Fewer people divorcing due to EU uncertainty
A no-deal Brexit could see some EU family law agreements no longer apply to the UK.
It will affect rules on the country that family law disputes are heard in and how decisions made in one country will be recognised and enforced in another.
This applies to cases in England and Wales for divorce, matters relating to children, child maintenance and EU rules on child abduction.
Sarah Phillips is associate solicitor and collaborative lawyer for and on behalf of Dean Wilson LLP in Brighton.
In her role Sarah advises and assists married couples, separated parents, cohabitees, etc in connection with financial and children disputes.
She has already seen the impact Brexit has had on her work.“Brexit has and will cause major uncertainty in family law, particularly for those with a connection with an overseas jurisdiction. “The enforcement of maintenance obligations and financial orders, and bringing financial claims at all, will be fraught with complexity and increased cost and uncertainty for litigants. “There are likely to be jurisdiction races with the parties seeking to issue first in the jurisdiction most advantageous to their case. “England may no longer be the divorce capital of the world, the jurisdiction wives dash to in order to get the best possible financial provision for themselves and their children.”
The organisation Resolution, which represents family law firms, had previously warned Brexit was adding pressure to couples on the edge of divorce.
Sarah adds that she feels it has meant a decrease in divorce applications.
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She said: “I think people are more cautious about separating or divorcing when the financial future of the country is so uncertain.“Secondly, Brexit has affected property values and consequently negotiations around parties who want to buy out their partner’s interest in the family home. “Further, it has impacted my client’s incomes, in particular those clients whose business has a client base in Europe, and pension valuations, due to the dip in the financial markets.”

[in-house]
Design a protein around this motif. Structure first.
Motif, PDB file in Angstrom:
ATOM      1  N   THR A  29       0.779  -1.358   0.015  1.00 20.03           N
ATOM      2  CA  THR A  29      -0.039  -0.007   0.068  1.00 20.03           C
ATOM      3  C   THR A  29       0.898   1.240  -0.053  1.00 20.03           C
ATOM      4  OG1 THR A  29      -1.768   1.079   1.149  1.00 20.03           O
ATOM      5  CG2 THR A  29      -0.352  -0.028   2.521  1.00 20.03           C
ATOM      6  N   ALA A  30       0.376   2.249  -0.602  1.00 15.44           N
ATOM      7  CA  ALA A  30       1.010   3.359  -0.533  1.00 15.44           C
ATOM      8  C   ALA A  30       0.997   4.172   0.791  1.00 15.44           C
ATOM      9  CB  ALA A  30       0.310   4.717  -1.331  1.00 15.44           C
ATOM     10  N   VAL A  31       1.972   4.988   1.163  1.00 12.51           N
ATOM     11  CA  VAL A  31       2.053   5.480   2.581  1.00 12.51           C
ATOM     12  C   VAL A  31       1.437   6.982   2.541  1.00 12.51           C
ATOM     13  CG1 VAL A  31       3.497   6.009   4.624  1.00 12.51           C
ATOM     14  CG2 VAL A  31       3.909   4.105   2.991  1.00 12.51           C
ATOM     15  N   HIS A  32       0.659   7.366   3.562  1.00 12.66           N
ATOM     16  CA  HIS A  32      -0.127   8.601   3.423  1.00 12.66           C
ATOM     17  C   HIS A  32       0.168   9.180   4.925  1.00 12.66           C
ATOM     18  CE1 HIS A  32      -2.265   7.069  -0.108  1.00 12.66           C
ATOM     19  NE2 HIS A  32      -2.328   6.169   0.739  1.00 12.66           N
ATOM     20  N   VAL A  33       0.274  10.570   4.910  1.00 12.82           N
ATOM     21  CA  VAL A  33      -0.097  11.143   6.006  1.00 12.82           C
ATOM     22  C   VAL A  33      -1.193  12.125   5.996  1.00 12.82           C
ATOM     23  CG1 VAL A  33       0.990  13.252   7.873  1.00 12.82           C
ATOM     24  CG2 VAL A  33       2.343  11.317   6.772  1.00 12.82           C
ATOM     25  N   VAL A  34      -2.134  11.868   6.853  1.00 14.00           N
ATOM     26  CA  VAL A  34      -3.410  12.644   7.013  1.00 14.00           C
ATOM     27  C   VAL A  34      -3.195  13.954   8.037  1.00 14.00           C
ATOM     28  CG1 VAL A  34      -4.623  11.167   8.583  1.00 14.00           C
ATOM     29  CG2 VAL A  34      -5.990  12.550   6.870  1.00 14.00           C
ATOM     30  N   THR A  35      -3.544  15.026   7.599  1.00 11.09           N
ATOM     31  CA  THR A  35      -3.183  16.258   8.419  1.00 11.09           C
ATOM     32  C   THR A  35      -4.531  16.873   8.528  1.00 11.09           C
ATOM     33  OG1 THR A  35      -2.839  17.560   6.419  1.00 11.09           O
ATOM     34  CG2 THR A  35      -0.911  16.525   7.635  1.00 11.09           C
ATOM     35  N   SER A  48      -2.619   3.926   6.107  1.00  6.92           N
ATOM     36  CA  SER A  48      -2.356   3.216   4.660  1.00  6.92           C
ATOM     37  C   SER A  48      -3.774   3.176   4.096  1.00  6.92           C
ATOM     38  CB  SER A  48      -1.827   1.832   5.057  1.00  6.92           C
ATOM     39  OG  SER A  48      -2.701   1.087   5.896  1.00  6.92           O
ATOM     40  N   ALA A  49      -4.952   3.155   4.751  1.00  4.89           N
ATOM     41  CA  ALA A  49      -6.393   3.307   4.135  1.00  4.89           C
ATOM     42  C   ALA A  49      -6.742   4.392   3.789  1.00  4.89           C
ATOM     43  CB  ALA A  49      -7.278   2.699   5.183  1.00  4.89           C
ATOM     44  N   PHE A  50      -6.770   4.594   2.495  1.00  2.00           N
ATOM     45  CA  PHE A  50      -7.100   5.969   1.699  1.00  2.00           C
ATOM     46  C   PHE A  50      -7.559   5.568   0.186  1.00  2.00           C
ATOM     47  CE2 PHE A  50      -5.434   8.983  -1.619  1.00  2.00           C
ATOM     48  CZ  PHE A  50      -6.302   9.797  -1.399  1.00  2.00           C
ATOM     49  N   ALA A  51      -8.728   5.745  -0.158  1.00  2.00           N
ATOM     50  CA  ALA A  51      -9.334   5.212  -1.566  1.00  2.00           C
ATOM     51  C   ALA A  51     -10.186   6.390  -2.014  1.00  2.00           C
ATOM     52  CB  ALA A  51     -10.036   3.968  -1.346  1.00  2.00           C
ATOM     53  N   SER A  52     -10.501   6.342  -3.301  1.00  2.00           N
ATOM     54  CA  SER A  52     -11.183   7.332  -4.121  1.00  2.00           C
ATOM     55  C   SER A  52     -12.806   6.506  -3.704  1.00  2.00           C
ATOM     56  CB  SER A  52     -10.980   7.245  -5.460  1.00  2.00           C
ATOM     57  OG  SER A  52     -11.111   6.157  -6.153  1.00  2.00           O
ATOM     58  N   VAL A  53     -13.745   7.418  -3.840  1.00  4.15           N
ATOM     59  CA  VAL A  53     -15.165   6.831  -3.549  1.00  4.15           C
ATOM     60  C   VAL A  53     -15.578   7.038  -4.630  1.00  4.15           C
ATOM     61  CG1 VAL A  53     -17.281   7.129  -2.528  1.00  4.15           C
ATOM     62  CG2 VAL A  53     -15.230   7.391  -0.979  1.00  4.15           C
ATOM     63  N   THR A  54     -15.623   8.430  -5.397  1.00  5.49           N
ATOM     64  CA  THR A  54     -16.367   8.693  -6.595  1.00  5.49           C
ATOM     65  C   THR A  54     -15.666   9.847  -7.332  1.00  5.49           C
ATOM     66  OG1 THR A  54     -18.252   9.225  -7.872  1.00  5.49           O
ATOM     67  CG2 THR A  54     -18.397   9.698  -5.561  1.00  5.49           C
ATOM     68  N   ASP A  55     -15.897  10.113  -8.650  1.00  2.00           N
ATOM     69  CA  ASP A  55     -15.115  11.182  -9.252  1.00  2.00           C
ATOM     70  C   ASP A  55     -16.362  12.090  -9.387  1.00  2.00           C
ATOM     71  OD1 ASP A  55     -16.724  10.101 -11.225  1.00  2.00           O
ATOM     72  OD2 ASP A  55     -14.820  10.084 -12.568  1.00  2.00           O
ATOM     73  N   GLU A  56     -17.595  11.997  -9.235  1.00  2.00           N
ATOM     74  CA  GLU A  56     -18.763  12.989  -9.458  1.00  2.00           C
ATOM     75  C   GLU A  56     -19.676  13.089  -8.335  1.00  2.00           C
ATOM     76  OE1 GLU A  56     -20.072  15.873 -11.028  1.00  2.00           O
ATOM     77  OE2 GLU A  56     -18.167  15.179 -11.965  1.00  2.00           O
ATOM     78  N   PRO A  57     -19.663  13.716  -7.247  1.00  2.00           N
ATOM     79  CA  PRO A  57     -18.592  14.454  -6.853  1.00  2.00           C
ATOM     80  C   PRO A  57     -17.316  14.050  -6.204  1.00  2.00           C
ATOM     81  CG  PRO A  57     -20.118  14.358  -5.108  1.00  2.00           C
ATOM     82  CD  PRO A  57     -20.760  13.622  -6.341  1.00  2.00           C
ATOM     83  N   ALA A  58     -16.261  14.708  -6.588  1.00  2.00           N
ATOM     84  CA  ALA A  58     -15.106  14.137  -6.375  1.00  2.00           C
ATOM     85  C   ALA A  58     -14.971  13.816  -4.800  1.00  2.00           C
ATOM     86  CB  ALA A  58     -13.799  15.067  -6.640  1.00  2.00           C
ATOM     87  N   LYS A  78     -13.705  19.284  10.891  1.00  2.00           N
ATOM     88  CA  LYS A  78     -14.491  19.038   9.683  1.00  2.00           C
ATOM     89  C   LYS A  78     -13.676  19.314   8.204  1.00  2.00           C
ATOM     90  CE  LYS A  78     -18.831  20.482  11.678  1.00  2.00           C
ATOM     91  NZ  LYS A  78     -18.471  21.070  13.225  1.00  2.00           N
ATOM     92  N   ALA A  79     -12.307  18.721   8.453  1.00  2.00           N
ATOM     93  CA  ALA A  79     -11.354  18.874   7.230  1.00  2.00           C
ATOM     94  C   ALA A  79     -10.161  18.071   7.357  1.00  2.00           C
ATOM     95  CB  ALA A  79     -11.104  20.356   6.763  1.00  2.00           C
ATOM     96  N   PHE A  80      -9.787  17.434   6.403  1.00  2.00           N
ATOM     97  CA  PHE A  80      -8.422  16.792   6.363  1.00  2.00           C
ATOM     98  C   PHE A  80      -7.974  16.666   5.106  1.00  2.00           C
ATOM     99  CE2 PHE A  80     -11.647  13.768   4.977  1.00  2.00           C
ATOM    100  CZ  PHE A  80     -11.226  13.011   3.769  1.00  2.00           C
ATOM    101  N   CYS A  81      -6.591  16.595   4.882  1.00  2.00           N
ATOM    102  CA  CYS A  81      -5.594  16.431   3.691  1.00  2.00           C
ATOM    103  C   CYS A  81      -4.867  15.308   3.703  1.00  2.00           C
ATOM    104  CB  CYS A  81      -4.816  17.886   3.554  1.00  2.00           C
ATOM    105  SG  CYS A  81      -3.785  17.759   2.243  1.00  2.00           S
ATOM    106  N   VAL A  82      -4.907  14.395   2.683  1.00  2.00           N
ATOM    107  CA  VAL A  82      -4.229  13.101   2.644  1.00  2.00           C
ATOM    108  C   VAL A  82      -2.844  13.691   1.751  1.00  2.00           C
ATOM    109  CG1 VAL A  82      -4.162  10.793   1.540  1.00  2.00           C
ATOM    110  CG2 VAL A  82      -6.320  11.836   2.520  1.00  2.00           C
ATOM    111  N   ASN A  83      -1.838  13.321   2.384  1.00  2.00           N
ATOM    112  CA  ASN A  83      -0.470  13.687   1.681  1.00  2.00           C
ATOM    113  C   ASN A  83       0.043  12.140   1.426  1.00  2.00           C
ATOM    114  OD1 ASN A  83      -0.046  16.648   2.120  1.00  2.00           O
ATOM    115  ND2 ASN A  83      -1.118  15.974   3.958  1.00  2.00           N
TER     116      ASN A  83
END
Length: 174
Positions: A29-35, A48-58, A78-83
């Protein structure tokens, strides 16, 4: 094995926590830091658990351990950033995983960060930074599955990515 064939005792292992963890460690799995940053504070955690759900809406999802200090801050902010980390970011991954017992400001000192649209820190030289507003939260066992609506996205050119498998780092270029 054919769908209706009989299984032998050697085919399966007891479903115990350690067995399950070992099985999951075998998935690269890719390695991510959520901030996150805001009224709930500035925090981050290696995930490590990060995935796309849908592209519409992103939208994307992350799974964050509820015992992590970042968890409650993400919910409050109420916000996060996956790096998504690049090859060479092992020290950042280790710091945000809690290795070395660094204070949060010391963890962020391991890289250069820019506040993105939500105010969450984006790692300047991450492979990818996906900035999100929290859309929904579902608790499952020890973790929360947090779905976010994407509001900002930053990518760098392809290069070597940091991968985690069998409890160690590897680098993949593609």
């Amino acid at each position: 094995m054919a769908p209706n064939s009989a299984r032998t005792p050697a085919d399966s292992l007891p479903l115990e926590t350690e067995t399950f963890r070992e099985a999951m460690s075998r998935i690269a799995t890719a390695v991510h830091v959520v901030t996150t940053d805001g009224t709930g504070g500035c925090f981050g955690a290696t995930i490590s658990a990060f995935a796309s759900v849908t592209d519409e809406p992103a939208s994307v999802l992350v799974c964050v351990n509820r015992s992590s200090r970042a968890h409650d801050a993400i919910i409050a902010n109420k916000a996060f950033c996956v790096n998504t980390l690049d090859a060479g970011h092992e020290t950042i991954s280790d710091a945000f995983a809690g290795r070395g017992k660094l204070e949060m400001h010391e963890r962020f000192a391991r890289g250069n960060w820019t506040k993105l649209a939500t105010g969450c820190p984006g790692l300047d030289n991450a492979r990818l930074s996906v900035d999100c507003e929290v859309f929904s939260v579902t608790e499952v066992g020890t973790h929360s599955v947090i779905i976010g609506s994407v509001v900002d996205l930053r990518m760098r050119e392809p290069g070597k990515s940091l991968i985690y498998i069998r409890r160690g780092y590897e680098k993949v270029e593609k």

Other issues that may be impacted on relates to same sex couples wanting to rely on the UK being their permanent home in order to apply for divorce here.
She added: “Brexit will obviously most affect the practice of lawyers who specialise in international family law and cases spanning more than one jurisdiction.”
For most people if you apply for divorce after exit day, the new rules will be in place but you should apply in the same way.
However, getting your divorce recognised in an EU country after a UK no deal exit may be affected.
In regards to matters relating to children if you start a case after exit day you should apply in the same way. But if a case about arrangements for your children is ongoing in an EU country or you need to have an order accepted and put into action in an EU country after exit day, this may need to be done in a different court or under a different procedure.
If you think your case may be affected by any of this Gov.uk advises you to speak to a lawyer or Citizens Advice as soon as possible. If the UK leaves the EU with a deal there will be no change to the process during the Implementation Period.